The paper “LIP-PA: A Logistics Information Privacy Protection Scheme with Position and Attribute-Based Access Control on Mobile Devices” by Q. Gao et al. constructs a logistics information privacy protection scheme with position and attribute-based access control on mobile devices. First, in order to realize fine-grained access control of encrypted logistics information, the authors adopt ciphertext-policy attribute-based encryption (CP-ABE) scheme, which encrypts segmented logistics information in different access policies. Different couriers can only decrypt different segments of the express order in accordance with their respective attributes. Second, the authors apply position-based key exchange, which uses the courier’s physical position information as the credential, to realize position-based access control on couriers. Third, the authors utilize public key encryption to achieve the confidentiality of personal information. Meanwhile, the authors use the digital signature to ensure the verifiability of the parcel and the undeniability of customers.

The paper “Multidevice Authentication with Strong Privacy Protection” by J. Hajny focuses on the card-based physical access control systems and proposed a novel cryptographic scheme based on efficient zero-knowledge proofs and Boneh-Boyen signatures. The proposed scheme is provably secure and provides the full set of privacy-enhancing features that is the anonymity, untraceability, and unlinkability of users. Furthermore, the proposed scheme supports distributed multidevice authentication with multiple RFID (Radio-Frequency IDentification) user devices. This feature is particularly important in applications for controlling access to dangerous sites where the presence of protective equipment is checked during each access control session.

The paper “Identity-Based Fast Authentication Scheme for Smart Mobile Devices in Body Area Networks” by C. Wang et al. proposes an identity-based fast authentication scheme for smart mobile devices in wireless body area networks (WBANs). The scheme can shorten the time of device authentication in an emergency to achieve fast authentication. The analysis of the scheme shows the security and efficiency of the proposed scheme.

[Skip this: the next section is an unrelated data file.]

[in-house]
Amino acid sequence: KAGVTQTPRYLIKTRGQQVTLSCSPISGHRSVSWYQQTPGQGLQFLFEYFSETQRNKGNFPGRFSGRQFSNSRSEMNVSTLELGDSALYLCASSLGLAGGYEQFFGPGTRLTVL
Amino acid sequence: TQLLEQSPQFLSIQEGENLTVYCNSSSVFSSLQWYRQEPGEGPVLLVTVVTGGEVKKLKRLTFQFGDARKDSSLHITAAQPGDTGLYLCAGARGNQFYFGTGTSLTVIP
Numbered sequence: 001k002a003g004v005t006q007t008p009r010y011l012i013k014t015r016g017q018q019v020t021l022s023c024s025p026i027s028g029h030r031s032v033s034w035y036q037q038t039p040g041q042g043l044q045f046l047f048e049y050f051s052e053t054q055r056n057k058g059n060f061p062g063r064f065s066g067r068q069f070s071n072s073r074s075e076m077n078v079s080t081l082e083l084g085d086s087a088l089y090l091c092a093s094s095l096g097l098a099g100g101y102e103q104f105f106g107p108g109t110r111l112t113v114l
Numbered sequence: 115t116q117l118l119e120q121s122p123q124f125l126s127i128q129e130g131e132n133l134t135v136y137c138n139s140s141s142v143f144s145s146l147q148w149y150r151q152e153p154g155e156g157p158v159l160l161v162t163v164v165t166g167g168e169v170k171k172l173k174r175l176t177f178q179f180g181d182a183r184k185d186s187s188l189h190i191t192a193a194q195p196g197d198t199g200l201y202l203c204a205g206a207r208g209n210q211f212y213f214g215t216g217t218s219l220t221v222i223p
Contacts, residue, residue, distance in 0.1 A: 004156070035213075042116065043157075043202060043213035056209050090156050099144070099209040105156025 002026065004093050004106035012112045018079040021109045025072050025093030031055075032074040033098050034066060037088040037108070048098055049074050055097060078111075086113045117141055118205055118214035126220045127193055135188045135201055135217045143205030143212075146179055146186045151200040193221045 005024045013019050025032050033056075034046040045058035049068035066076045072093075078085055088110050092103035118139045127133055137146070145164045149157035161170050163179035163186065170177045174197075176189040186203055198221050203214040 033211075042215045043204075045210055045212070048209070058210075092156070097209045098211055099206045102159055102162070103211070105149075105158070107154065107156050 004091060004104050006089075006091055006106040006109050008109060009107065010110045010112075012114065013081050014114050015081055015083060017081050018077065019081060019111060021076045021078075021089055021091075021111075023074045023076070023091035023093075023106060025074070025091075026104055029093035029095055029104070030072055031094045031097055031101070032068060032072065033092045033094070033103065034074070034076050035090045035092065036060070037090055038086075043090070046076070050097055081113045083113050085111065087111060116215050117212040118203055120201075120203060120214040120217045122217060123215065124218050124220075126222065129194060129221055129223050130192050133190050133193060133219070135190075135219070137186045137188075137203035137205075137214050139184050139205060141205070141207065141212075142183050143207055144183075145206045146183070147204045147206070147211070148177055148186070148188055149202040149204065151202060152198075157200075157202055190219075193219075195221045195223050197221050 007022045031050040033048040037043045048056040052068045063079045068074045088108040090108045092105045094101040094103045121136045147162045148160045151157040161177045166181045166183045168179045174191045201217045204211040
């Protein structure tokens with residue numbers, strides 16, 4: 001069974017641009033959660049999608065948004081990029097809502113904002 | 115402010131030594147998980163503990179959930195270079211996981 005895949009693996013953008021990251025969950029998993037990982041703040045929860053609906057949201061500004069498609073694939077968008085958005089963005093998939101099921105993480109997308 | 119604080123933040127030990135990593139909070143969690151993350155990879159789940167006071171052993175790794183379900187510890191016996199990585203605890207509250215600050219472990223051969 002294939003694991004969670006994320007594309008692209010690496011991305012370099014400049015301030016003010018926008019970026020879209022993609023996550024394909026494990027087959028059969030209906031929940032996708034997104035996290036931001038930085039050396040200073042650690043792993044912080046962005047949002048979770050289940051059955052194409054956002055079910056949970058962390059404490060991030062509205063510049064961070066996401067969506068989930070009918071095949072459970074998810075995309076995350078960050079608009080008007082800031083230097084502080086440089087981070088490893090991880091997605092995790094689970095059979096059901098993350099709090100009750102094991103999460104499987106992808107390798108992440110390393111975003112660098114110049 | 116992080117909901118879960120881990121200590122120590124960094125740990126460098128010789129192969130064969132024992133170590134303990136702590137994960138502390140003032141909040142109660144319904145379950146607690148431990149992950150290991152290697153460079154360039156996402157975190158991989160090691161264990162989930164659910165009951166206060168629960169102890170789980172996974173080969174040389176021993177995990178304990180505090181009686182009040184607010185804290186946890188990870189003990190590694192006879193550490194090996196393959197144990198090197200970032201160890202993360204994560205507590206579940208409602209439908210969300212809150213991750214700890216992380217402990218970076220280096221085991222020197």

The paper “An SDN-Based Connectivity Control System for Wi-Fi Devices” by T. Nguyen-Duc and T. Kim introduces a remote connectivity control system for Wi-Fi devices based on software-defined networking (SDN) in a wireless environment. The main contributions of the proposed system are twofold: (i) it enables network owner/administrator to manage as well as approve connection request from Wi-Fi devices through remote services, which is essential for easy connection management across diverse IoT devices; it also allows fine-grained access control at the device level through remote control. They describe the architecture of SDN-based remote connectivity control of Wi-Fi devices.

The paper “Lightweight Cryptographic Techniques for Automotive Cybersecurity” by A. K. Jadoon et al. presents a survey about developments in vehicular networks from the perspective of lightweight cryptographic protocols and privacy preserving algorithms. Meanwhile, the authors increase awareness about the possible threats to the future automotive industry and give an interesting overview of lightweight cryptographic solutions to these threats. In all, the paper deals with a very interesting and up to date subject: Cryptographic Techniques for Automotive Cyber Security.

Conflicts of Interest

The authors declare that they have no conflicts of interest.


In closing, the guest editors would like to thank all authors who have submitted their papers to this special issue. We would also like to appreciate all the precious time and efforts that the reviewers devoted to the review process of these submissions. The launch of this special issue was in part supported by the National Key Research and Development Plan under Grants Nos. 2016YFB0800600, and by the National Nature Science Foundation of China under Grant No. 61802006, No. U1836115, and No. 61672295. It is our hope that this special issue will advance the understanding and research of User Authentication on Smart Mobile Devices. We hope you enjoy the papers.

Ding Wang
Jian Shen
Joseph K. Liu
Kim-Kwang Raymond Choo